And Gere pulls his weight, too. He's slick at first, then gets more desperate, dragging down multiple people as he comes unhinged. He comes close to going over the top a couple of times but is mostly spot-on. Say what you will about the guy ... he's done some decent work. Not sure this will push his Adventures in the Rodent Kingdom out of the first paragraph of his obit, but it's a step in the right direction.

Sunday, June 08, 2008

You really couldn't pick three more random movies

Seriously. Just wait. Not sure how I managed to see these particular "films" in close succession. Guess I'm just eclectic like a muthaf*cka.

Woof: "Year of the Dog."

I gotta stop listening to my wife. She said this movie got decent reviews. OK, maybe it did. Not her fault, I guess. But it still blew.

Molly Shannon of SNL fame is a woman who loves her little beagle and slowly goes off the rails when he dies. She tries replacing him with another dog, then getting together with both John C. Reilly and Peter Saaaaarrrrsssgaaaaaaaaaarrrrrrrd, before going bonkers with the animal-lovin'. Let's just say you might want to hide the company checkbook and watch your step in her living room.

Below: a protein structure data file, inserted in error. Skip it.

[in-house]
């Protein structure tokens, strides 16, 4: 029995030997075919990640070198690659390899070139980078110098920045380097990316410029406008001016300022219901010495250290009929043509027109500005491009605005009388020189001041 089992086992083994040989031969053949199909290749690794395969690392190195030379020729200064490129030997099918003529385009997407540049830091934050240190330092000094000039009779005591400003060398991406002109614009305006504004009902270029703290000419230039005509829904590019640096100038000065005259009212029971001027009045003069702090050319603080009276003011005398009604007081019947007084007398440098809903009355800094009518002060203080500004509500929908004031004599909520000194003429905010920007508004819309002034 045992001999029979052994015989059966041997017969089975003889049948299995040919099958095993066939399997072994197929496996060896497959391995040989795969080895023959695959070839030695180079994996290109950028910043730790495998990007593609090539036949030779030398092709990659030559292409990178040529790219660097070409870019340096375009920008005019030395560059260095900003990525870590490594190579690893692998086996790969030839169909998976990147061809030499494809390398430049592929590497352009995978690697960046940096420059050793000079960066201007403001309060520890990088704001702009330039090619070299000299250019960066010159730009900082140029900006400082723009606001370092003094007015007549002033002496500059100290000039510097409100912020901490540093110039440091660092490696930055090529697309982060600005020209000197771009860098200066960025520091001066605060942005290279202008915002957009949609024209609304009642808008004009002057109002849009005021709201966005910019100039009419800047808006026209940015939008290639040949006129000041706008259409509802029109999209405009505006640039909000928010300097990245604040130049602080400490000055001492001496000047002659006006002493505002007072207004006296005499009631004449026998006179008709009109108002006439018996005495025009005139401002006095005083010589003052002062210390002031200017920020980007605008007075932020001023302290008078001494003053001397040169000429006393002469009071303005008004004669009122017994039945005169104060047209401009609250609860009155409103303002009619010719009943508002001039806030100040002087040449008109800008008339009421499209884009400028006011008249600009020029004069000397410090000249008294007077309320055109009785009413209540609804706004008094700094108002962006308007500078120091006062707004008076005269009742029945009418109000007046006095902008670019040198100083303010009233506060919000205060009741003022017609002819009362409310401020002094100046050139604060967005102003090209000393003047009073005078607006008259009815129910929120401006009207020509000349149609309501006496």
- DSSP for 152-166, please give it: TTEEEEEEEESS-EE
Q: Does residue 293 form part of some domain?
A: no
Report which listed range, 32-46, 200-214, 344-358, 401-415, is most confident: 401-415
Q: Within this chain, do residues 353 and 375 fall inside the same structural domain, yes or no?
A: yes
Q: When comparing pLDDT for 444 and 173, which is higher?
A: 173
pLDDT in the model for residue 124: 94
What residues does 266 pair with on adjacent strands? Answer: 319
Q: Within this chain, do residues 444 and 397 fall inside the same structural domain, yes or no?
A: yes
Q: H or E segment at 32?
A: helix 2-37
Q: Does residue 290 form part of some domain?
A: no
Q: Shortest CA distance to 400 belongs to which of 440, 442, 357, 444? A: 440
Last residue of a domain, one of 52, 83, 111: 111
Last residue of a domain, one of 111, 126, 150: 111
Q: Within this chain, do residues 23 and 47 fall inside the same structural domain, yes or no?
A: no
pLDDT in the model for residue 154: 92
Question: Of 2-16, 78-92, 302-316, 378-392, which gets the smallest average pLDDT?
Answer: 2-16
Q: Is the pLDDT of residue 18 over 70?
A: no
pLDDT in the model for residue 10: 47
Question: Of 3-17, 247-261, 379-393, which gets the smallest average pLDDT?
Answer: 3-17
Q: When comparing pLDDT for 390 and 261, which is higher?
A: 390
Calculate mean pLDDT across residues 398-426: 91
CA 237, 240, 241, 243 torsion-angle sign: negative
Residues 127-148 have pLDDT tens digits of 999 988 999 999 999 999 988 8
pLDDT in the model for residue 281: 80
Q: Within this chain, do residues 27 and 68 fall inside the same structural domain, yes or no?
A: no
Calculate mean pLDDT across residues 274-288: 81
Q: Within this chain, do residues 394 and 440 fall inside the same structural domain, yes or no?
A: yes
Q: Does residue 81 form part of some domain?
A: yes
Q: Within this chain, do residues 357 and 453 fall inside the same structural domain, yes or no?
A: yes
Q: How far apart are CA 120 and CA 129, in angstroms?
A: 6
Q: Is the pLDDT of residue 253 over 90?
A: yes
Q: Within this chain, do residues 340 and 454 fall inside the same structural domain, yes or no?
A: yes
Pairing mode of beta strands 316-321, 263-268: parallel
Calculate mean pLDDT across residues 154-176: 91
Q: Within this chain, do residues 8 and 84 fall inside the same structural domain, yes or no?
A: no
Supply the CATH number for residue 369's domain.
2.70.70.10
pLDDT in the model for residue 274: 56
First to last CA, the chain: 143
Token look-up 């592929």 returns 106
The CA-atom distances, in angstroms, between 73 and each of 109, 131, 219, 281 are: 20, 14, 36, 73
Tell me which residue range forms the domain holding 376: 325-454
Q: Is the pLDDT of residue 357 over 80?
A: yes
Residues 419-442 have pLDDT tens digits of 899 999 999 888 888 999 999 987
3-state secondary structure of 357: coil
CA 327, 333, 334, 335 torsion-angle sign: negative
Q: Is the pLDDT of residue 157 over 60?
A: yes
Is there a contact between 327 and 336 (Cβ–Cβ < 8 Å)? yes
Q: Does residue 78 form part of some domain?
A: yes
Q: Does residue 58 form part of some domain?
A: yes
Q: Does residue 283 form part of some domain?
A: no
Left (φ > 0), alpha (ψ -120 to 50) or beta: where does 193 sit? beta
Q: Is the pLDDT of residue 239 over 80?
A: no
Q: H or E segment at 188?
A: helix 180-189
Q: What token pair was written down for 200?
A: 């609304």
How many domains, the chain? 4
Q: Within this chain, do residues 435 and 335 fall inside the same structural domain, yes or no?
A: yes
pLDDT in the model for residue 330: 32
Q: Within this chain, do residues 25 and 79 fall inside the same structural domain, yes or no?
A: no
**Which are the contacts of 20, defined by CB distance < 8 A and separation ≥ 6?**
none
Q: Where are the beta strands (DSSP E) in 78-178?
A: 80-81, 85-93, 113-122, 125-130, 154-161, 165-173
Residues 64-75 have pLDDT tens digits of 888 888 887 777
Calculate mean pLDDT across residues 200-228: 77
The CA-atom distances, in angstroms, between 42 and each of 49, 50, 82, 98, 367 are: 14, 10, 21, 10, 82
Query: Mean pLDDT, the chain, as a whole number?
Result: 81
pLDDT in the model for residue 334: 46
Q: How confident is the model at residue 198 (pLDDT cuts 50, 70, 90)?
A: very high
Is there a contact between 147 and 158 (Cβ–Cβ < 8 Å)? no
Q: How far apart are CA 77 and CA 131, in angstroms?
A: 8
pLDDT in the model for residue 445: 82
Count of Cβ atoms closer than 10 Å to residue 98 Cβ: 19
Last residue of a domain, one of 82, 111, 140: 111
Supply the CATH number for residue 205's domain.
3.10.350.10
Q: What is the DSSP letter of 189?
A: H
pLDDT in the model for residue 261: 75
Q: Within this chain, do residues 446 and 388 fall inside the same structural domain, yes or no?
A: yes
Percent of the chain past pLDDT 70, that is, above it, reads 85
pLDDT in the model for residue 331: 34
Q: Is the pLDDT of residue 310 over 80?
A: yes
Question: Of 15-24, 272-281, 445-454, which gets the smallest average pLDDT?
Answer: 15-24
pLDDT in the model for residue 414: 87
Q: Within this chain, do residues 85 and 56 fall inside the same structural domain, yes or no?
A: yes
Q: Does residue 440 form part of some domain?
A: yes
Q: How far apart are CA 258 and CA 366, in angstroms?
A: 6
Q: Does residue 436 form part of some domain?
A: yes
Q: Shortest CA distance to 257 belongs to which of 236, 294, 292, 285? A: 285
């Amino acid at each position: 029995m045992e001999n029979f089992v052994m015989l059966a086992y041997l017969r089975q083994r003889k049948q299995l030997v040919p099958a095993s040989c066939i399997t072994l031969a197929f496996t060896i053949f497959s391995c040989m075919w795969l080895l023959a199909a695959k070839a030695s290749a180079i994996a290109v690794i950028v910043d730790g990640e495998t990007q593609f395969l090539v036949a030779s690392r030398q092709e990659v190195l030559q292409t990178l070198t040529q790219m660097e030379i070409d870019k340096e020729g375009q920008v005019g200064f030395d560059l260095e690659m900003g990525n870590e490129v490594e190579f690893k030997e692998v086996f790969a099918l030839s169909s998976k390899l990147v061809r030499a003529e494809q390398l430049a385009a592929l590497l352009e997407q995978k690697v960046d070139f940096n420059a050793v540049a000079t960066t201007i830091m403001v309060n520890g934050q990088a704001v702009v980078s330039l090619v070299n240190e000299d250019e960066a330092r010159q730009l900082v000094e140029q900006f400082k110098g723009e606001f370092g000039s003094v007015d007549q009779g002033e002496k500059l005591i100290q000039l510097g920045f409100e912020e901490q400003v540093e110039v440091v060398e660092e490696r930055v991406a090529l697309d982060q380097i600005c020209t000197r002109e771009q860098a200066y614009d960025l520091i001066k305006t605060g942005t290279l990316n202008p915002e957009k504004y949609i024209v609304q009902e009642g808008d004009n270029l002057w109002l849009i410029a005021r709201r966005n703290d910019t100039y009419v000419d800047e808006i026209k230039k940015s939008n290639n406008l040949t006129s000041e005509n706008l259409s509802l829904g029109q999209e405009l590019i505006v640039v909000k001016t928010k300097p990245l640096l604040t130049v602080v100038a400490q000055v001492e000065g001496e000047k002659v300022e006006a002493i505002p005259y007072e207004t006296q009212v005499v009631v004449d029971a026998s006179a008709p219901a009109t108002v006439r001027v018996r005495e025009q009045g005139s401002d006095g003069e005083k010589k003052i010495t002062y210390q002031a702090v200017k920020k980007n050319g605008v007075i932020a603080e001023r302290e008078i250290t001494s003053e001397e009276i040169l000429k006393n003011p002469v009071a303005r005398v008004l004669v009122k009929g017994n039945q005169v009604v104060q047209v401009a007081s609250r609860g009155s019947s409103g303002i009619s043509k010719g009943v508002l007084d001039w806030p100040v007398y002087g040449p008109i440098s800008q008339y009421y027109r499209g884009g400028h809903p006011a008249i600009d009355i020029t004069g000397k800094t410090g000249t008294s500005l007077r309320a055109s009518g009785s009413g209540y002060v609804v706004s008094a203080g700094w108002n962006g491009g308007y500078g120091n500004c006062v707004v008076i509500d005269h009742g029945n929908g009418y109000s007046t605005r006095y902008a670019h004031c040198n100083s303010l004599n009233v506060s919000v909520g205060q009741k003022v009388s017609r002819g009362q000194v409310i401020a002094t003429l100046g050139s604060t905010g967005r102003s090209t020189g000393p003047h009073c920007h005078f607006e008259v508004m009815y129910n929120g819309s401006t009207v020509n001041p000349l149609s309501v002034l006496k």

Shannon actually is decent, but her character and the whole chain of events are rather silly. This movie was first one directed by Mike White, who wrote "Nacho Libre," "The School of Rock" and "The Good Girl" after first winning notice with "Chuck and Buck," another tale of a whacked-out person (played by White) with a scary fixation. Good to see he's come full circle. And by good, I mean bad.

Or was it really John Cusack killing those guys?: "Ripley's Game"

I stumbled across this movie on IMDb a while back and was surprised to see a sort-of sequel to "The Talented Mr. Ripley." I actually thought the Matt Damon-impersonator-gay-murderer tale wasn't bad, and I was curious to see how John Malkovich played Ripley as an older fellow still knocking around Italy.